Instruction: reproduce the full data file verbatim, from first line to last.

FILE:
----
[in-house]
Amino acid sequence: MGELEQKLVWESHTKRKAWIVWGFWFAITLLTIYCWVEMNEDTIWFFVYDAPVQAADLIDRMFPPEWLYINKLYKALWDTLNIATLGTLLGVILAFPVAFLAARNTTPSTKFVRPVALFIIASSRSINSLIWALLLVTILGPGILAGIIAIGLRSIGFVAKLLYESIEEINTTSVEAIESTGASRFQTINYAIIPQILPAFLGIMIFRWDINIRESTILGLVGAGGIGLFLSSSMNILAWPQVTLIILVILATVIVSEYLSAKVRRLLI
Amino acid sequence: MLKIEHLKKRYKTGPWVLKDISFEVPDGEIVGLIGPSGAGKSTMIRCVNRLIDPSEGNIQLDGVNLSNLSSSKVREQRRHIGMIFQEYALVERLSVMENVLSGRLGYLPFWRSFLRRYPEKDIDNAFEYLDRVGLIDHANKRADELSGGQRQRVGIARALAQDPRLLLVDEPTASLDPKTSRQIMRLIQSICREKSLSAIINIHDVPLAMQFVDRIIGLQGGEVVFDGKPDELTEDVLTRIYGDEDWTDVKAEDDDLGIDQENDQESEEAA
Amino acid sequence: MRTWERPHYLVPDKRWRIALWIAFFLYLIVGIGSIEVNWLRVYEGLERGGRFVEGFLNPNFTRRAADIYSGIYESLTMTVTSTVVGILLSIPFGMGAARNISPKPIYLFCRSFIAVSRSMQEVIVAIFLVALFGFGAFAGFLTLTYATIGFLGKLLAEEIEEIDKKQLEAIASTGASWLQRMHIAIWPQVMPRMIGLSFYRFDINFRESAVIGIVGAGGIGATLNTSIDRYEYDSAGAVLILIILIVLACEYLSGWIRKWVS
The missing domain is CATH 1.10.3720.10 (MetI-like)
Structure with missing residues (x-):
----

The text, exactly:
[in-house]
Amino acid sequence: MGELEQKLVWESHTKRKAWIVWGFWFAITLLTIYCWVEMNEDTIWFFVYDAPVQAADLIDRMFPPEWLYINKLYKALWDTLNIATLGTLLGVILAFPVAFLAARNTTPSTKFVRPVALFIIASSRSINSLIWALLLVTILGPGILAGIIAIGLRSIGFVAKLLYESIEEINTTSVEAIESTGASRFQTINYAIIPQILPAFLGIMIFRWDINIRESTILGLVGAGGIGLFLSSSMNILAWPQVTLIILVILATVIVSEYLSAKVRRLLI
Amino acid sequence: MLKIEHLKKRYKTGPWVLKDISFEVPDGEIVGLIGPSGAGKSTMIRCVNRLIDPSEGNIQLDGVNLSNLSSSKVREQRRHIGMIFQEYALVERLSVMENVLSGRLGYLPFWRSFLRRYPEKDIDNAFEYLDRVGLIDHANKRADELSGGQRQRVGIARALAQDPRLLLVDEPTASLDPKTSRQIMRLIQSICREKSLSAIINIHDVPLAMQFVDRIIGLQGGEVVFDGKPDELTEDVLTRIYGDEDWTDVKAEDDDLGIDQENDQESEEAA
Amino acid sequence: MRTWERPHYLVPDKRWRIALWIAFFLYLIVGIGSIEVNWLRVYEGLERGGRFVEGFLNPNFTRRAADIYSGIYESLTMTVTSTVVGILLSIPFGMGAARNISPKPIYLFCRSFIAVSRSMQEVIVAIFLVALFGFGAFAGFLTLTYATIGFLGKLLAEEIEEIDKKQLEAIASTGASWLQRMHIAIWPQVMPRMIGLSFYRFDINFRESAVIGIVGAGGIGATLNTSIDRYEYDSAGAVLILIILIVLACEYLSGWIRKWVS
The missing domain is CATH 1.10.3720.10 (MetI-like)
Structure with missing residues (x-):